Porcelain inlays are an extremely hard-wearing alternative to white fillings. Each one is custom-made and colour-matched, so nobody will distinguish it from the real thing. The downside is that these take longer to make and fit, so this choice is more expensive and time-consuming than white composite fillings. 

Get Started Today

Contact our friendly, experienced team today to schedule your first consultation! Health funds are accepted and processed on the spot with HICAPS. We’re providers with HCF, MDF and Medibank. Additionally, we work with zipMoney to arrange payment plans that will work with your budget.

Common Questions For White Fillings

Can I eat after a filling?

Your dentist will usually recommend that you avoid eating for about two hours after a filling. This will give the anaesthetic time to wear off and reduce the risk of you accidentally biting the inside of your mouth. After that, you will be free to eat on the filling and tooth as normal after.

How painful is a tooth fillling?

You won’t feel any pain while having a filling, apart from the brief stinging sensation when the anaesthetic is administered. Cleaning the cavity and applying the filling will be entirely painless as the area where the dentist works will be numb. There could be minor soreness and sensitivity around the filled tooth for a day or two after the anaesthetic has worn off, but this will be temporary. Avoid very hot or very cold drinks immediately after getting a filling, as these can exacerbate the sensitivity. 

How much does a white filling cost?

It depends on the size of the filling to be replaced, and we find our patients pay on average between $200-$350.

How long does a filling take?

From start to finish, a small filling will usually take between 30 and 40 minutes. If you have larger cavities or need multiple fillings, expect it to take a little longer.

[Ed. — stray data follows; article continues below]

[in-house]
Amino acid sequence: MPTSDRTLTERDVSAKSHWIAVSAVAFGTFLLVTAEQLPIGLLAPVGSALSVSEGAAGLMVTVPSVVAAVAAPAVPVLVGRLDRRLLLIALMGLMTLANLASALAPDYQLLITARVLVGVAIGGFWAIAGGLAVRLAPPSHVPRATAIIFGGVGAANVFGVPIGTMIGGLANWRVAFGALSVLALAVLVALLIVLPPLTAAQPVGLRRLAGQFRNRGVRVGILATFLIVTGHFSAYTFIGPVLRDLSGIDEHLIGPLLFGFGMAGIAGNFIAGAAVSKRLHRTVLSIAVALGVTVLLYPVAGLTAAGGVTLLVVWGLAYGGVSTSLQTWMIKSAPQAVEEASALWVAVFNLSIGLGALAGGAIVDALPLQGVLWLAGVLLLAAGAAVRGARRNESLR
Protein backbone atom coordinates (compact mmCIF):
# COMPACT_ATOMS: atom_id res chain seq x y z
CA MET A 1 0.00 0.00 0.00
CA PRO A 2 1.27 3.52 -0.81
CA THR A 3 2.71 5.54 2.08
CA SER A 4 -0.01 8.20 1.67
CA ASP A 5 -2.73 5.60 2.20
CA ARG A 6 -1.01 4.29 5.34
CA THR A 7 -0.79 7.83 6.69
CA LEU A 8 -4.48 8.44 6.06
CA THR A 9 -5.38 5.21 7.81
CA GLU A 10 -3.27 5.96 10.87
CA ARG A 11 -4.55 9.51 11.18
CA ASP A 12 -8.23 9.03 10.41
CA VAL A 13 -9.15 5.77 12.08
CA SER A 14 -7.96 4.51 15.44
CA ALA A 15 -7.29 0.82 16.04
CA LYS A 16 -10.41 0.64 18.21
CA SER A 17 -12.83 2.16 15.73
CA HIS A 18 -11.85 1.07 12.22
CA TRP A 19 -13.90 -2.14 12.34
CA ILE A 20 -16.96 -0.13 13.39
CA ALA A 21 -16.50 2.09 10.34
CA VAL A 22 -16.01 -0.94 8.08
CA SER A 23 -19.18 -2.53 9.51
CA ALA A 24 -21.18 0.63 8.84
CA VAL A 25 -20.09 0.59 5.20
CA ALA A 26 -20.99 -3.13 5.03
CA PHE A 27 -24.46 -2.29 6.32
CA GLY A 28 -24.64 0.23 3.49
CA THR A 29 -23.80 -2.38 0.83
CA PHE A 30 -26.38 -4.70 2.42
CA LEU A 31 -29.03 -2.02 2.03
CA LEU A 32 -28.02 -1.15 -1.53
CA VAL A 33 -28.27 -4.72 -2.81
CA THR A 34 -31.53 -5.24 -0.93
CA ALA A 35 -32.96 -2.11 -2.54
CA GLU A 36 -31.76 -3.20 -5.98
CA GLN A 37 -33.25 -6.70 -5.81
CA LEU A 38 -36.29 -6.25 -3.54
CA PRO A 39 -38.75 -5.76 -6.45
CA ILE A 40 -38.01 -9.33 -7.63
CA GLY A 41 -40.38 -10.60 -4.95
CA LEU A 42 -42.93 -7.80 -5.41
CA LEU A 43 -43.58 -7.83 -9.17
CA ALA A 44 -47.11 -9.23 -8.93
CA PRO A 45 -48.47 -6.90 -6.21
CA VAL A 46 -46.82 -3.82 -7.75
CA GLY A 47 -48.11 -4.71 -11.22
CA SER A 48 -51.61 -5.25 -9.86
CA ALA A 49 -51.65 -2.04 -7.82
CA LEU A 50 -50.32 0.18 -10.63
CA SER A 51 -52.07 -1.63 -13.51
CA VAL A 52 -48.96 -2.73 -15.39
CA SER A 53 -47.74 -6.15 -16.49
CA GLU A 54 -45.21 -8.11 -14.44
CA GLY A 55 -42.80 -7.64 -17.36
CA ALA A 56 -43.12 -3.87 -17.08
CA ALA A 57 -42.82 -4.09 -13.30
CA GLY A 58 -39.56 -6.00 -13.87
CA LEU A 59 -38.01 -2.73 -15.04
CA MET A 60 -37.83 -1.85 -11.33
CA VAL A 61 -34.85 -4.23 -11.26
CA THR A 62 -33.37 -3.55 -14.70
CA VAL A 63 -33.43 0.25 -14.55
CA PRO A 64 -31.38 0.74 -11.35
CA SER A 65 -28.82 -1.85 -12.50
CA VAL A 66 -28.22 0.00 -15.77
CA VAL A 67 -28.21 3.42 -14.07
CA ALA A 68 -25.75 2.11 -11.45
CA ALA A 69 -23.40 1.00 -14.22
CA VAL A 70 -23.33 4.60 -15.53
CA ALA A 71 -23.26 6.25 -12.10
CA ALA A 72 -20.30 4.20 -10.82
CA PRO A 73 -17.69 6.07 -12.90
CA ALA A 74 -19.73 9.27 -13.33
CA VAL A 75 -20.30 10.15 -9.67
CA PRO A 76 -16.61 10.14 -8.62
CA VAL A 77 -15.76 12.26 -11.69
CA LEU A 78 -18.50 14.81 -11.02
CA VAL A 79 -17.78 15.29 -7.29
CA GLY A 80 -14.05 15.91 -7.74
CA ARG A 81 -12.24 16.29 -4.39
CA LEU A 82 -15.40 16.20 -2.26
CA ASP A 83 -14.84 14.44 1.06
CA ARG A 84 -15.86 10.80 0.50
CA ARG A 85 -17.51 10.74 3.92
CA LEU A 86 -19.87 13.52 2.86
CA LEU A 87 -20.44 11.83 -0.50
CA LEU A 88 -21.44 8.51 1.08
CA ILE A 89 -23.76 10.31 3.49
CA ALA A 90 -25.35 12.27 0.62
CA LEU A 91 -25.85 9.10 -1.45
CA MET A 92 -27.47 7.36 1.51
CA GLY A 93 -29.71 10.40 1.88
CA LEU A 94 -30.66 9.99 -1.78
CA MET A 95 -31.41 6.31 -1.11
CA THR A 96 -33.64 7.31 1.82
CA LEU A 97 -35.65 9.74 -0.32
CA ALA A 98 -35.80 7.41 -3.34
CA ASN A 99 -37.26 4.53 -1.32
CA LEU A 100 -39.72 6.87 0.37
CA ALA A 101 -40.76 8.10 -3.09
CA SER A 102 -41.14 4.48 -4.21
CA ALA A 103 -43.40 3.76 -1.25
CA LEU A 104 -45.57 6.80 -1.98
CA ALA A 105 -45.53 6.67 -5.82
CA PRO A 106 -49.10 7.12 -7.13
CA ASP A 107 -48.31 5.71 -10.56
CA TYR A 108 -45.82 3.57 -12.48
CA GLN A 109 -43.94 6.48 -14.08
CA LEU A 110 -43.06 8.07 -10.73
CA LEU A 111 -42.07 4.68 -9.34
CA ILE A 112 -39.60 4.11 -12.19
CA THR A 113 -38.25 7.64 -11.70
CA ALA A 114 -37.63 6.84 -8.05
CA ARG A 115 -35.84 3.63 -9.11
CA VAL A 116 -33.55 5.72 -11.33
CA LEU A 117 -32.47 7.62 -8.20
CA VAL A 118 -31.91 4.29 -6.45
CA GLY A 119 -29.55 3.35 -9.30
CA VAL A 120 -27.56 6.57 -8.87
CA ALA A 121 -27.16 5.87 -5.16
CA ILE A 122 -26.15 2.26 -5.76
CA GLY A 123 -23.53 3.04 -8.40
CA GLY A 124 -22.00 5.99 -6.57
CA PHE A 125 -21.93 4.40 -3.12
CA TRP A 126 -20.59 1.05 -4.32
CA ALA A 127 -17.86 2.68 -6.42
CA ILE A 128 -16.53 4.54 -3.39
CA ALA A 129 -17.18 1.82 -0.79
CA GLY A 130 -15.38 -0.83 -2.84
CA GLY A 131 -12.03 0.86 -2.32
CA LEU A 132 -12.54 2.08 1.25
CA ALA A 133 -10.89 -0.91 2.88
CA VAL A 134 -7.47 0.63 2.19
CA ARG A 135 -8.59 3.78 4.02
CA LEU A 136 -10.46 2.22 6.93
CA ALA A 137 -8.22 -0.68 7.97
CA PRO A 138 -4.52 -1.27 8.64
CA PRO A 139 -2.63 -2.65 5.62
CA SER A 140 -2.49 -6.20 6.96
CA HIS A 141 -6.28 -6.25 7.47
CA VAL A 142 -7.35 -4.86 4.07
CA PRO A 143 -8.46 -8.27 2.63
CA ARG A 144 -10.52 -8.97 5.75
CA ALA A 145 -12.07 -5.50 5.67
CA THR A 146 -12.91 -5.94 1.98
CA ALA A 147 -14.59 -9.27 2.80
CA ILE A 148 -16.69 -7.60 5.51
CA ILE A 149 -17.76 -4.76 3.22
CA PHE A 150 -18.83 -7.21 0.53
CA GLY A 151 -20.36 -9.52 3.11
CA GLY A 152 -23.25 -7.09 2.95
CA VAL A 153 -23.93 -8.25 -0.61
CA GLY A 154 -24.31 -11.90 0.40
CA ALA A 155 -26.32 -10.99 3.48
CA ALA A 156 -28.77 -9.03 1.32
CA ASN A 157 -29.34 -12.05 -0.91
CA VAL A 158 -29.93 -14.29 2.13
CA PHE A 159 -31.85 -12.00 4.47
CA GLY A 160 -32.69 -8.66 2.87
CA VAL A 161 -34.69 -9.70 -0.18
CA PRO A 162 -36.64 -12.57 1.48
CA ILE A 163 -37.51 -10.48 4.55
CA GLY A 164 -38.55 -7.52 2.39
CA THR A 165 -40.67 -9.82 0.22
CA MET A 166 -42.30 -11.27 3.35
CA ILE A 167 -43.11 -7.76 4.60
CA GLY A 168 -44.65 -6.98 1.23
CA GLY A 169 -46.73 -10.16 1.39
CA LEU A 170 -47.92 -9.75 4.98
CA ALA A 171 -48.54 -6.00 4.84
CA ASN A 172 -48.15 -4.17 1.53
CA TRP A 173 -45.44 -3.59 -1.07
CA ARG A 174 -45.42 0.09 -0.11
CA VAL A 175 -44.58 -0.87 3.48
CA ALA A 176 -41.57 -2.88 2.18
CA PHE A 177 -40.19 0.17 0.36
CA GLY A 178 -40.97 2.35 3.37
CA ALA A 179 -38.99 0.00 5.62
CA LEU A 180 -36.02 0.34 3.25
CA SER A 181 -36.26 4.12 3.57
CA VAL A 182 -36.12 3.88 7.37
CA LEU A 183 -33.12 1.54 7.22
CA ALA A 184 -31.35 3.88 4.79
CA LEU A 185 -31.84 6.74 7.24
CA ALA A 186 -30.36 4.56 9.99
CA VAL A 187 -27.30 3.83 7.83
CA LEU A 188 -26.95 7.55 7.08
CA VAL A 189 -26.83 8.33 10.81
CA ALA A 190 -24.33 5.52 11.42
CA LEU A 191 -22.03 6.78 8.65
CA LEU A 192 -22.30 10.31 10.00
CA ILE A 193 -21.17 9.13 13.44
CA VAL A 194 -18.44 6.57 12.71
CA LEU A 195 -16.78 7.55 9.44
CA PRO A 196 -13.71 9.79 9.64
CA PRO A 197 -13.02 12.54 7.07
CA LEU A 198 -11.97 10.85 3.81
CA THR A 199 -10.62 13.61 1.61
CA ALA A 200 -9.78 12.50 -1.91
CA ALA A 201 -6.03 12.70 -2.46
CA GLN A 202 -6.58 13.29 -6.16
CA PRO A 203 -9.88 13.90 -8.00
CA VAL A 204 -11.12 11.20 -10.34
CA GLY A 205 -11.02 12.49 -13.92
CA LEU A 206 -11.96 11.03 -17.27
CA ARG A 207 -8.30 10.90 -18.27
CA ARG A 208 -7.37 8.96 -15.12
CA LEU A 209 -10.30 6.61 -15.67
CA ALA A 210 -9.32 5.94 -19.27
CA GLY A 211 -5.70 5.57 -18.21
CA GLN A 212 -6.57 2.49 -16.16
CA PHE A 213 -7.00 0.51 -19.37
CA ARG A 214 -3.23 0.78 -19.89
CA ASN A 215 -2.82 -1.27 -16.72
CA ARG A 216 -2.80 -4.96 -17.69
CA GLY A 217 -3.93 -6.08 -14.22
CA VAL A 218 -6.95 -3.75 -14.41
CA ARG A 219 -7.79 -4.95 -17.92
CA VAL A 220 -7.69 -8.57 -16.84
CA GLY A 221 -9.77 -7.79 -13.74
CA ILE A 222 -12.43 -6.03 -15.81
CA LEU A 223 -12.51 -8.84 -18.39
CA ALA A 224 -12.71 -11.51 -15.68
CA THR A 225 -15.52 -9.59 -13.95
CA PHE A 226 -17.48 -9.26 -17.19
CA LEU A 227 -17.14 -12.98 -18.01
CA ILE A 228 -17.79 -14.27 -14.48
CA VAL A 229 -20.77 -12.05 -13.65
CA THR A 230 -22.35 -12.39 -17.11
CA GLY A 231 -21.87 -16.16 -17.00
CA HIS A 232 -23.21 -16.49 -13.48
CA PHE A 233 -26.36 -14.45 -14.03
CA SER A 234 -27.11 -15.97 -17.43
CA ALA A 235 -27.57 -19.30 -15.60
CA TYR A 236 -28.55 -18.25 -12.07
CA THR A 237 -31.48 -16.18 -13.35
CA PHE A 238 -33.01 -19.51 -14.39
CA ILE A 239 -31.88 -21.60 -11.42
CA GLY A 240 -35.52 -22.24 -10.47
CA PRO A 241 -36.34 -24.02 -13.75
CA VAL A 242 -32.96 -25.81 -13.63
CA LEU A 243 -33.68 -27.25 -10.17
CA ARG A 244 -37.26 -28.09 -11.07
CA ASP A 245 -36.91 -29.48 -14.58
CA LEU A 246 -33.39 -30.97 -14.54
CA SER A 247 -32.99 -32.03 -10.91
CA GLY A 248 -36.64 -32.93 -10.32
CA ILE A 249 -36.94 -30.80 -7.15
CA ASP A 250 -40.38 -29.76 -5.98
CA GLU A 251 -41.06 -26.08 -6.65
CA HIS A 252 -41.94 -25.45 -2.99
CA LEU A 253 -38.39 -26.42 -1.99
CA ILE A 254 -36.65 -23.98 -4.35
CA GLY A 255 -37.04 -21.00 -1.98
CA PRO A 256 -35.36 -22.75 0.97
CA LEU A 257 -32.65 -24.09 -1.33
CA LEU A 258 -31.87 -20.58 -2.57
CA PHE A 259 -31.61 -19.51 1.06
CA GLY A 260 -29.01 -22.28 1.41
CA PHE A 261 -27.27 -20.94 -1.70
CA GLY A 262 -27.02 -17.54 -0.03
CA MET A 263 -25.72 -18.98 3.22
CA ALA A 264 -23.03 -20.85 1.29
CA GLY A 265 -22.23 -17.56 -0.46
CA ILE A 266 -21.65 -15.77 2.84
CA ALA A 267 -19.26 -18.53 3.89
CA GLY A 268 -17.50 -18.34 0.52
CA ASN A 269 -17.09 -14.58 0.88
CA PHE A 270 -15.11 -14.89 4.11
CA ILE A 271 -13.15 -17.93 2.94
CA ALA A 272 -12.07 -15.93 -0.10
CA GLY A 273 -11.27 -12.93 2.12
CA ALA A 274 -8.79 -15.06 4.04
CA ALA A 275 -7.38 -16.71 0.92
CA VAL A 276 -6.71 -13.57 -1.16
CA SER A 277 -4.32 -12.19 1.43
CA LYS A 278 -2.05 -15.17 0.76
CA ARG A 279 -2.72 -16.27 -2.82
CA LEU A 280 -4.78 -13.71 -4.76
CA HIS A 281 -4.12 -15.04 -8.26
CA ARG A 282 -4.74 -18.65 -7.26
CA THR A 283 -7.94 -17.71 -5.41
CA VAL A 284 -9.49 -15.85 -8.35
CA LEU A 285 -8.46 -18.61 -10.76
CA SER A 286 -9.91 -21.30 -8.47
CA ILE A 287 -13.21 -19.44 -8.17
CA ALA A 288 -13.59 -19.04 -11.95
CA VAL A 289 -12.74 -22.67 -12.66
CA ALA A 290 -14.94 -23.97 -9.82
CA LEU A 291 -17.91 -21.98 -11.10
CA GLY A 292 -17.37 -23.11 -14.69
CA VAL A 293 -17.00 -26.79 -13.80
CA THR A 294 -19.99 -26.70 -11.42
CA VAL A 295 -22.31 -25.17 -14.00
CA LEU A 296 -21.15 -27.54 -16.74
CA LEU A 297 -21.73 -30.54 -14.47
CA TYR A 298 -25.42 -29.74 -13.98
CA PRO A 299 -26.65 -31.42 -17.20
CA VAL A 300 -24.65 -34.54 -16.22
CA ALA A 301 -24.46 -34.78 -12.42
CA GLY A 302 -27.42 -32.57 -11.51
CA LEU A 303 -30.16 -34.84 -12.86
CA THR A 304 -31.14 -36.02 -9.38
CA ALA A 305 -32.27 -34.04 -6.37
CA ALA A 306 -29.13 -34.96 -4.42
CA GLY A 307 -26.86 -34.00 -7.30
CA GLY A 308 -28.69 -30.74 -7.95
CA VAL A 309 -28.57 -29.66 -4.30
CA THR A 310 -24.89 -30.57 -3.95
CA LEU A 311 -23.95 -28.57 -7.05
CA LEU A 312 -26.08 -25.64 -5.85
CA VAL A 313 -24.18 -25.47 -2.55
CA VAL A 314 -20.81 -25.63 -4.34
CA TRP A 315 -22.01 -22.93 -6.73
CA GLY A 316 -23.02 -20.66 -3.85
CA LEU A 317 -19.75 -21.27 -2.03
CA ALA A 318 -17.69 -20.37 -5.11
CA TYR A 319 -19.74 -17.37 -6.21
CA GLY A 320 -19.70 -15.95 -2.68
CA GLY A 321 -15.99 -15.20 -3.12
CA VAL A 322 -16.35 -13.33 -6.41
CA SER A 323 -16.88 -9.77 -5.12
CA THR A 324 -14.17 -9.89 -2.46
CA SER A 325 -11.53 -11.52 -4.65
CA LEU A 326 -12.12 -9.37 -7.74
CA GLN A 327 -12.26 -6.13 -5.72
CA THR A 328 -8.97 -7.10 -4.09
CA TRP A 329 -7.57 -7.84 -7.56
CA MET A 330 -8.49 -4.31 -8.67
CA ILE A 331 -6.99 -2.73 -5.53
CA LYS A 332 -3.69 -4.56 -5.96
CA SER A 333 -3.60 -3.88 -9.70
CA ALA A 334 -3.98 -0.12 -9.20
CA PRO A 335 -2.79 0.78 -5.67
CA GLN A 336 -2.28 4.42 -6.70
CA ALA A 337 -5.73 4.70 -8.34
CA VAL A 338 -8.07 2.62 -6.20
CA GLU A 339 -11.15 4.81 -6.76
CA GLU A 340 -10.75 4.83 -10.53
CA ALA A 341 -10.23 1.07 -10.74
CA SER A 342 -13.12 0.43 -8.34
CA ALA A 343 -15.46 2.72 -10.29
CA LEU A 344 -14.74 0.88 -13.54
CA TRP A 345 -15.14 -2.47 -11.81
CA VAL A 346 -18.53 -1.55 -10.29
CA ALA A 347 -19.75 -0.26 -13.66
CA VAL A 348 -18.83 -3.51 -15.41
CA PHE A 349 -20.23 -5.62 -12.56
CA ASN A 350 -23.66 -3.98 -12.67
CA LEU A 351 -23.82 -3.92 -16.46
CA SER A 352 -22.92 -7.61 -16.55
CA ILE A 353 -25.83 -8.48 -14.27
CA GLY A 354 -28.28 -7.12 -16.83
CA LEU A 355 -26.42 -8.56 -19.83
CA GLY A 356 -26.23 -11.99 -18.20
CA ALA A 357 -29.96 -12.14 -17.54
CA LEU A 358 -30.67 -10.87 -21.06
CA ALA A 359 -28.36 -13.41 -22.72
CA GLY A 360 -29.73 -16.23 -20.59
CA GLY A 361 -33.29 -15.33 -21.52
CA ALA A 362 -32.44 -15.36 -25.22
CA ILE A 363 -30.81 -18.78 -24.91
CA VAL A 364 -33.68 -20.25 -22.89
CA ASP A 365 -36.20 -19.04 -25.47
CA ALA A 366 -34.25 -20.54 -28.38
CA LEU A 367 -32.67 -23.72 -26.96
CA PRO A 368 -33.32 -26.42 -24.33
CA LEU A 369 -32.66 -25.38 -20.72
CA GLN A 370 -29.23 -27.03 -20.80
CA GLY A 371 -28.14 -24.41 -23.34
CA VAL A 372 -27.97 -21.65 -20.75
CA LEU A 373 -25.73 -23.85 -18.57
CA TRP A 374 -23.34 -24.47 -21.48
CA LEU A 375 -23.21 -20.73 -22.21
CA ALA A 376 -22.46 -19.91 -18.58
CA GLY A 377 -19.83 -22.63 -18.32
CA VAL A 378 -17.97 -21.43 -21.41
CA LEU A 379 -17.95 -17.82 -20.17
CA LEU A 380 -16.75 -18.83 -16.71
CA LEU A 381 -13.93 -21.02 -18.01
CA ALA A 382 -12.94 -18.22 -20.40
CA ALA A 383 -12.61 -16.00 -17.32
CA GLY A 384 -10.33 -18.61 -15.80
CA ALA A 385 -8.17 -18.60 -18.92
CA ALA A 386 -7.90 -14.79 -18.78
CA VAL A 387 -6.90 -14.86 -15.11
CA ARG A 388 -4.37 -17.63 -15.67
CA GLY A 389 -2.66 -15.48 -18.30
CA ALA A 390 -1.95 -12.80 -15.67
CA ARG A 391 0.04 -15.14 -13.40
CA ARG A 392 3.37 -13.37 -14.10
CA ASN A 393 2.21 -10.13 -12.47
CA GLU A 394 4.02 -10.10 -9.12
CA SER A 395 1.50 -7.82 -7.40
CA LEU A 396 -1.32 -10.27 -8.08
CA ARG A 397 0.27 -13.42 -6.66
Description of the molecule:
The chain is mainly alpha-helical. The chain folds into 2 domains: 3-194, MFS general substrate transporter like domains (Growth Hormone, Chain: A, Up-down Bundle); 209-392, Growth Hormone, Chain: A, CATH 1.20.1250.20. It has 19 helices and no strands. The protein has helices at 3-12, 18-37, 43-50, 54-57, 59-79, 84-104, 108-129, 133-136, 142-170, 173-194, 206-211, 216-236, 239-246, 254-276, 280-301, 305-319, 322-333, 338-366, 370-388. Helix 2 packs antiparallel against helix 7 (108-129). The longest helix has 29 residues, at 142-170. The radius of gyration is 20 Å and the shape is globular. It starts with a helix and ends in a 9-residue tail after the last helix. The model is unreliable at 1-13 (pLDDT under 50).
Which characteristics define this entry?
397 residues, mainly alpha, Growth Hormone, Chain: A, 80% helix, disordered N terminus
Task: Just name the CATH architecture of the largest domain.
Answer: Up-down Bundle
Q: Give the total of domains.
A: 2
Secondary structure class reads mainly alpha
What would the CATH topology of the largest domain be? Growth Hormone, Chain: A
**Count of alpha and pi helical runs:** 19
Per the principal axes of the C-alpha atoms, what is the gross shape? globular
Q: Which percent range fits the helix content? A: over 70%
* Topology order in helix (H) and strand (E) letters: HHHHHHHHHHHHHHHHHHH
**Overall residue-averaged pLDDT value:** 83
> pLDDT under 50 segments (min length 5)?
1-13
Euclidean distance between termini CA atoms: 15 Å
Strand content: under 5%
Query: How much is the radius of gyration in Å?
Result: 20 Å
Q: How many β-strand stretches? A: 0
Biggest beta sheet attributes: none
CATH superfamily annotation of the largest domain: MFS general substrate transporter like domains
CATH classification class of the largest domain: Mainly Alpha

Is it worth filling a tooth?

If you have a tooth cavity, it is vital to have it treated and filled. Leaving it will lead to sensitivity and toothache. Also, the longer it is left untreated, the more the decay will spread. Ultimately, it can lead to the loss of the entire tooth, cause infection and even spread to neighbouring teeth. So, it is worth getting a cavity treated and filled as soon as you become aware of it.

How long do white fillings last?

White fillings usually last 5 to 7 years as long as you follow a good dental hygiene routine. However, as the composite material has advanced significantly in recent years, white fillings inserted today could last much longer, even as long as 20 years.

How do I know if I need a filling?

Sometimes it is evident that something is wrong, for example, if you have sudden toothache or sensitivity in a particular area or if you can feel something different about a particular tooth when your tongue runs over it. Another sign is if your floss suddenly starts snagging on a particular tooth. Signs like these, however, usually indicate that the decay is quite advanced. Often a minor cavity presents no such symptoms. This is why it is so important to have regular check-ups, as your dentist will notice you need a filling long before the cavity advances to the stage where it gives you trouble. 

Can fillings be prevented?

With regular brushing and flossing plus routine descaling from the hygienist, you will minimise the build-up of tartar. This certainly reduces the likelihood of cavities but is not a guarantee. Plenty of people still need fillings, even when they do everything right and follow the perfect dental hygiene regime. 

As with all types of dental conditions that you may encounter throughout your life, preventative dentistry on is the key to avoid nearly all of them.